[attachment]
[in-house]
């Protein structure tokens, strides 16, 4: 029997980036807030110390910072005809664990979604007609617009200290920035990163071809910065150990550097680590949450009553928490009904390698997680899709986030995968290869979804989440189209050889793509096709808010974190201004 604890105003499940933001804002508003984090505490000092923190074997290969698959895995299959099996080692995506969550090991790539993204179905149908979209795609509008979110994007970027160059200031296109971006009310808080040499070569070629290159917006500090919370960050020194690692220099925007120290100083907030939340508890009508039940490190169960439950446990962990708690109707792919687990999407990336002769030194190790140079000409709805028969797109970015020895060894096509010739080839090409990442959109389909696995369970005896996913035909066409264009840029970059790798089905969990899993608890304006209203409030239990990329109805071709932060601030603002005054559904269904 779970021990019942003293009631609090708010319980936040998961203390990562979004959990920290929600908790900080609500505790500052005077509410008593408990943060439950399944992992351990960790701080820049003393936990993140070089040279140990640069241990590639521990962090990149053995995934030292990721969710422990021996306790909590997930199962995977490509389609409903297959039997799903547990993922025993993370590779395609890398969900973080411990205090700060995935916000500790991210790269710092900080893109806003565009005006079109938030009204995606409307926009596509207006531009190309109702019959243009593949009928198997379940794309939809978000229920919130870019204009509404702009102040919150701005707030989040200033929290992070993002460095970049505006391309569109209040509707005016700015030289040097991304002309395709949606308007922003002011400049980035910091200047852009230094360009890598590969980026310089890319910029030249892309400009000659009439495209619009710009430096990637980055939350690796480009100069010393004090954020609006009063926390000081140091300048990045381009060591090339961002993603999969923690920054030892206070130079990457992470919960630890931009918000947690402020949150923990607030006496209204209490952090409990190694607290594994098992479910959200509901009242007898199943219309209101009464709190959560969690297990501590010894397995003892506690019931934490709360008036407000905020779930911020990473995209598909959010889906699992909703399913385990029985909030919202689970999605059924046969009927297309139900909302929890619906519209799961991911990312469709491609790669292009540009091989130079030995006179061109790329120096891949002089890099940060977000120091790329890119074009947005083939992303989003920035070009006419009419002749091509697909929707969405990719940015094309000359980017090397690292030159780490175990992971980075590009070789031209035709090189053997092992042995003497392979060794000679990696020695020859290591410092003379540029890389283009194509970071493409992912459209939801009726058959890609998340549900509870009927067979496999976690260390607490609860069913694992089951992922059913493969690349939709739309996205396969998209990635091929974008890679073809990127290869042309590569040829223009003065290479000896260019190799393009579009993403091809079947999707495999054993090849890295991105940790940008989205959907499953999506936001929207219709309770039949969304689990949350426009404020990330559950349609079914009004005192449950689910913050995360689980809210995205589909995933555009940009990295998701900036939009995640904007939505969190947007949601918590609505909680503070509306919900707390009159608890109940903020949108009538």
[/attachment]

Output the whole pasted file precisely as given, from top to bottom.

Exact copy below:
[in-house]
């Protein structure tokens, strides 16, 4: 029997980036807030110390910072005809664990979604007609617009200290920035990163071809910065150990550097680590949450009553928490009904390698997680899709986030995968290869979804989440189209050889793509096709808010974190201004 604890105003499940933001804002508003984090505490000092923190074997290969698959895995299959099996080692995506969550090991790539993204179905149908979209795609509008979110994007970027160059200031296109971006009310808080040499070569070629290159917006500090919370960050020194690692220099925007120290100083907030939340508890009508039940490190169960439950446990962990708690109707792919687990999407990336002769030194190790140079000409709805028969797109970015020895060894096509010739080839090409990442959109389909696995369970005896996913035909066409264009840029970059790798089905969990899993608890304006209203409030239990990329109805071709932060601030603002005054559904269904 779970021990019942003293009631609090708010319980936040998961203390990562979004959990920290929600908790900080609500505790500052005077509410008593408990943060439950399944992992351990960790701080820049003393936990993140070089040279140990640069241990590639521990962090990149053995995934030292990721969710422990021996306790909590997930199962995977490509389609409903297959039997799903547990993922025993993370590779395609890398969900973080411990205090700060995935916000500790991210790269710092900080893109806003565009005006079109938030009204995606409307926009596509207006531009190309109702019959243009593949009928198997379940794309939809978000229920919130870019204009509404702009102040919150701005707030989040200033929290992070993002460095970049505006391309569109209040509707005016700015030289040097991304002309395709949606308007922003002011400049980035910091200047852009230094360009890598590969980026310089890319910029030249892309400009000659009439495209619009710009430096990637980055939350690796480009100069010393004090954020609006009063926390000081140091300048990045381009060591090339961002993603999969923690920054030892206070130079990457992470919960630890931009918000947690402020949150923990607030006496209204209490952090409990190694607290594994098992479910959200509901009242007898199943219309209101009464709190959560969690297990501590010894397995003892506690019931934490709360008036407000905020779930911020990473995209598909959010889906699992909703399913385990029985909030919202689970999605059924046969009927297309139900909302929890619906519209799961991911990312469709491609790669292009540009091989130079030995006179061109790329120096891949002089890099940060977000120091790329890119074009947005083939992303989003920035070009006419009419002749091509697909929707969405990719940015094309000359980017090397690292030159780490175990992971980075590009070789031209035709090189053997092992042995003497392979060794000679990696020695020859290591410092003379540029890389283009194509970071493409992912459209939801009726058959890609998340549900509870009927067979496999976690260390607490609860069913694992089951992922059913493969690349939709739309996205396969998209990635091929974008890679073809990127290869042309590569040829223009003065290479000896260019190799393009579009993403091809079947999707495999054993090849890295991105940790940008989205959907499953999506936001929207219709309770039949969304689990949350426009404020990330559950349609079914009004005192449950689910913050995360689980809210995205589909995933555009940009990295998701900036939009995640904007939505969190947007949601918590609505909680503070509306919900707390009159608890109940903020949108009538």